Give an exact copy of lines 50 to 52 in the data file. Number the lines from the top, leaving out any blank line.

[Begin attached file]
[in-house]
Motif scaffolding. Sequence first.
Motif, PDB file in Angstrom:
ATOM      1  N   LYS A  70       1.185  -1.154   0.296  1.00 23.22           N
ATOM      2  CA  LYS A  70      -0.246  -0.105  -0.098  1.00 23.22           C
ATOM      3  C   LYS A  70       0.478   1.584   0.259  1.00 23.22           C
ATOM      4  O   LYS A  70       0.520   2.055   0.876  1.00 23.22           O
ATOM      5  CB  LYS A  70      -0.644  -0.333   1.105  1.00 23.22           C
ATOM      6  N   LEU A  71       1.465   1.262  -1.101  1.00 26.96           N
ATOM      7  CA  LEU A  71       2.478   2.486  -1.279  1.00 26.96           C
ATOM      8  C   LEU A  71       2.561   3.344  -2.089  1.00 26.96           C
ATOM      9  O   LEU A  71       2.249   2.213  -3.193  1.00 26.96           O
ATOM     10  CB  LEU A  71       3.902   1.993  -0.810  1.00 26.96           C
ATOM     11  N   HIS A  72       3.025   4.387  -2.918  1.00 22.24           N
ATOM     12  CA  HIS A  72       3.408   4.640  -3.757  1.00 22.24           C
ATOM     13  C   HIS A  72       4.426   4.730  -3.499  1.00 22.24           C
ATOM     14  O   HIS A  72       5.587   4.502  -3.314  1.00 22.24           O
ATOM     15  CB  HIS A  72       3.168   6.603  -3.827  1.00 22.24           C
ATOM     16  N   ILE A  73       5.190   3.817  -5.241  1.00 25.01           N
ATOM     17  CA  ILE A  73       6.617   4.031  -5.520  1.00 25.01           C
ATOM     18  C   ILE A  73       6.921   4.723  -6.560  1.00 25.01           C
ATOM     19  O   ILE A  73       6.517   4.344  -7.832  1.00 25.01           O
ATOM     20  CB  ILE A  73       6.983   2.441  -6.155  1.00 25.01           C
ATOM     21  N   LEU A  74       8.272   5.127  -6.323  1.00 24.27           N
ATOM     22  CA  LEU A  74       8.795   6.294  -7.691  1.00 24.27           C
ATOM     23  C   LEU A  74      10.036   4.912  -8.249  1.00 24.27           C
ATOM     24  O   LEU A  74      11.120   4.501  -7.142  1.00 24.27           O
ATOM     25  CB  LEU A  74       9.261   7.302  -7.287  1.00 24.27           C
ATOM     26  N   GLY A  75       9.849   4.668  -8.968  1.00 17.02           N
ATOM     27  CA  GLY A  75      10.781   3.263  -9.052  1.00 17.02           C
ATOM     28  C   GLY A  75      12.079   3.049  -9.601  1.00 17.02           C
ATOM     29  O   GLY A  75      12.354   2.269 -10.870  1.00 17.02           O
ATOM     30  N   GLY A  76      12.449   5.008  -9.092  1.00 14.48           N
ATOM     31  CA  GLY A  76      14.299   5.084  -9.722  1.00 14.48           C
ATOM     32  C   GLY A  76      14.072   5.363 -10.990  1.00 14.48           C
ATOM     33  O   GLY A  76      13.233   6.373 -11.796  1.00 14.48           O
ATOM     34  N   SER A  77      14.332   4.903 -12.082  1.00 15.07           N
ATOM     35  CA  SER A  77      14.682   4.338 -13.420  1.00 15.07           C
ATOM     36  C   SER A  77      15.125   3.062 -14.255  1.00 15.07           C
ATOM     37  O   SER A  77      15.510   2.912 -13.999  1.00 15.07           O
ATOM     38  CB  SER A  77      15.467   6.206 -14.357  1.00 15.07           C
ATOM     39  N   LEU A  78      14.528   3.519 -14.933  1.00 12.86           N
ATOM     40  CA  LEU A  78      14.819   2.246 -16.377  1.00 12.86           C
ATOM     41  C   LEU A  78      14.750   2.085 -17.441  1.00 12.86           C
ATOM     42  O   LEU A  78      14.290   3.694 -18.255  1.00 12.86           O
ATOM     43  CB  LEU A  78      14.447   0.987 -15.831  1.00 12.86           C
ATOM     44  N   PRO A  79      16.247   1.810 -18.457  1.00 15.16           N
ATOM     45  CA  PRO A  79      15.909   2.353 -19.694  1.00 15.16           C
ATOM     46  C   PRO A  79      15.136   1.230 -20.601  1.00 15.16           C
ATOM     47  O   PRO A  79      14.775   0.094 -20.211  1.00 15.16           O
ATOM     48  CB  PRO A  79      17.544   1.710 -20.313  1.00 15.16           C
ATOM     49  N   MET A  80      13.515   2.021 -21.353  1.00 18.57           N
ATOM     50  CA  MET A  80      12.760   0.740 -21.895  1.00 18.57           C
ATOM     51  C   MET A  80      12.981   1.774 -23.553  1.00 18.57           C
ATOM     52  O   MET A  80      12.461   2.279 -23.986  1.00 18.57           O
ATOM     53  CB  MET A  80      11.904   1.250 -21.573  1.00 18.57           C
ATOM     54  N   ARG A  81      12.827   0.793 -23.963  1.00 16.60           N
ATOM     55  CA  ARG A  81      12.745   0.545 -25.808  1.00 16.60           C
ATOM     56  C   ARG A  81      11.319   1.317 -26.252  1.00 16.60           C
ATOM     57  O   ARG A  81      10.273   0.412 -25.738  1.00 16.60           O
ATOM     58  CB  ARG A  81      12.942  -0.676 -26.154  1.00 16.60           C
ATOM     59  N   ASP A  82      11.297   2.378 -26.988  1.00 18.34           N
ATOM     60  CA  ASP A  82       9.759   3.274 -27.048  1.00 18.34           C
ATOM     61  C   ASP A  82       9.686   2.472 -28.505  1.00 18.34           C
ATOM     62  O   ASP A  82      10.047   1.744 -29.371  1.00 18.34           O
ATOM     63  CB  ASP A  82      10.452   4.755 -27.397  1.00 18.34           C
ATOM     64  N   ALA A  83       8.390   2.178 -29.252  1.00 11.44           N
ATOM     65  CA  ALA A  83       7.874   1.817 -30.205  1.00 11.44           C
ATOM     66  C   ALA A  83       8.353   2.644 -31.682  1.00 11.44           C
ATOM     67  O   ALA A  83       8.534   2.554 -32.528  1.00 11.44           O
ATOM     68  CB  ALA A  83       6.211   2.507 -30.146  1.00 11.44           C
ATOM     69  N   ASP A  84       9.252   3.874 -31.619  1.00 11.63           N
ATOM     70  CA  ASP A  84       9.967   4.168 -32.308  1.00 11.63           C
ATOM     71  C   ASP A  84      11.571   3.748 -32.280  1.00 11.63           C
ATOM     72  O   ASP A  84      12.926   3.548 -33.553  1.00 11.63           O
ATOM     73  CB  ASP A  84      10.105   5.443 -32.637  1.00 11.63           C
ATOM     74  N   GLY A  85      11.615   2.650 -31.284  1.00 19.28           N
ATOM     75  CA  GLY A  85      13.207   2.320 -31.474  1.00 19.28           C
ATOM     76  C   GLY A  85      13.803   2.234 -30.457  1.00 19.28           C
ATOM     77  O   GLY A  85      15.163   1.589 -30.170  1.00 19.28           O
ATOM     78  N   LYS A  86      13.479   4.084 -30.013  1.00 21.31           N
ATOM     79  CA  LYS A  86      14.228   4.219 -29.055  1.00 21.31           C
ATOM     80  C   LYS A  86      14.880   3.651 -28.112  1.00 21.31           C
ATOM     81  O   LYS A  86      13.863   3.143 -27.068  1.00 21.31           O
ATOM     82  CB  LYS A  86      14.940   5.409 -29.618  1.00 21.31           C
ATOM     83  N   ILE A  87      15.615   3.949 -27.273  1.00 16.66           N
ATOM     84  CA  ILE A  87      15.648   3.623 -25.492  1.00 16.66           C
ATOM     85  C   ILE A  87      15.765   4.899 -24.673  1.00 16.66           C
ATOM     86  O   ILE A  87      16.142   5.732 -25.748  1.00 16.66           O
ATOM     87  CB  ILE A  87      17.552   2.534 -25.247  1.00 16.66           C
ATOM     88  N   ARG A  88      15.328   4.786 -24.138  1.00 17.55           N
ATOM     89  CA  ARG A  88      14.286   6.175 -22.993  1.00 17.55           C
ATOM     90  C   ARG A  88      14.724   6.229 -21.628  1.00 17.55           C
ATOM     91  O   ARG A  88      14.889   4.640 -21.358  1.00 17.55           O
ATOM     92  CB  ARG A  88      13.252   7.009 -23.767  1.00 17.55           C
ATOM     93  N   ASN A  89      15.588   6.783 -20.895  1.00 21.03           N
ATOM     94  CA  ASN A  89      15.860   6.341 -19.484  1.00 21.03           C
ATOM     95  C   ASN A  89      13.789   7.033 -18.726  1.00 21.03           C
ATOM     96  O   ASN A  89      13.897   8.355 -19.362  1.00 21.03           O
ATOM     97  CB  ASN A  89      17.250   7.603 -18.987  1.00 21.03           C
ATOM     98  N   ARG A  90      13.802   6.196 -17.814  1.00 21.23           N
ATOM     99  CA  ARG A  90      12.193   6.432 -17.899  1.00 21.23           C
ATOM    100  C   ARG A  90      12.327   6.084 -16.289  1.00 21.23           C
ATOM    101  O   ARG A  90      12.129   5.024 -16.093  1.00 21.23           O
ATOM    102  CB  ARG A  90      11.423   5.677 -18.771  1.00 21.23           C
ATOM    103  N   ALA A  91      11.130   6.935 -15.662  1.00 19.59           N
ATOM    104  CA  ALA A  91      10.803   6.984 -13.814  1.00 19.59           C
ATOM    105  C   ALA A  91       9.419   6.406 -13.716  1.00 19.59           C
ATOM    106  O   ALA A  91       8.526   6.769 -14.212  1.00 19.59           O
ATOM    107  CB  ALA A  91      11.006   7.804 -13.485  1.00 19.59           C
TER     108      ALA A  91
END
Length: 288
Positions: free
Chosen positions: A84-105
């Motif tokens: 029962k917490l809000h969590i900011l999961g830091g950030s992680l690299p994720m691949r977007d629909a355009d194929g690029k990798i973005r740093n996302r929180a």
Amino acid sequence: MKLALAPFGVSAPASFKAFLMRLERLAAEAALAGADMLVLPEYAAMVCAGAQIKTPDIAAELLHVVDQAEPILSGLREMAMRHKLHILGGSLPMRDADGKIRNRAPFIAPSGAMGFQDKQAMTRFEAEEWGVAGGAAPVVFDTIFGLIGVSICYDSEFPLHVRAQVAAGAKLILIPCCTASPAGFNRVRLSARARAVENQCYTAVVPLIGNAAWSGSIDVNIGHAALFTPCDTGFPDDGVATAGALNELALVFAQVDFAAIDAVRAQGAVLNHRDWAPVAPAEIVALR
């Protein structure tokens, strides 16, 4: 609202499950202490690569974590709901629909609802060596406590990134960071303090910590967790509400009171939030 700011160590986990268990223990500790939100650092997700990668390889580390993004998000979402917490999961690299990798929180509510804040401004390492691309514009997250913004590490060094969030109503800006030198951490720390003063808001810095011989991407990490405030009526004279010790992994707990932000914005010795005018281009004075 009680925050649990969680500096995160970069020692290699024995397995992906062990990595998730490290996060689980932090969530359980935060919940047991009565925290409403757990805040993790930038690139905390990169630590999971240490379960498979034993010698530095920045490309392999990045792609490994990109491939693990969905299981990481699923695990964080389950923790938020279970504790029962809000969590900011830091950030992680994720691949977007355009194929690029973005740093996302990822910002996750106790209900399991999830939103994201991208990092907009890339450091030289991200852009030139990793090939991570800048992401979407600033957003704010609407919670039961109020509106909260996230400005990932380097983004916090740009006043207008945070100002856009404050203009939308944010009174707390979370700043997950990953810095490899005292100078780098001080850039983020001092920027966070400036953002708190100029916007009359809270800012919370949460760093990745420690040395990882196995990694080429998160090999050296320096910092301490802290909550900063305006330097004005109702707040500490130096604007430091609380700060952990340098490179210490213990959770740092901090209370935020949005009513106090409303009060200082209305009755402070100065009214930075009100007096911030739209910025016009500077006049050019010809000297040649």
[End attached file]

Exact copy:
ATOM     47  O   PRO A  79      14.775   0.094 -20.211  1.00 15.16           O
ATOM     48  CB  PRO A  79      17.544   1.710 -20.313  1.00 15.16           C
ATOM     49  N   MET A  80      13.515   2.021 -21.353  1.00 18.57           N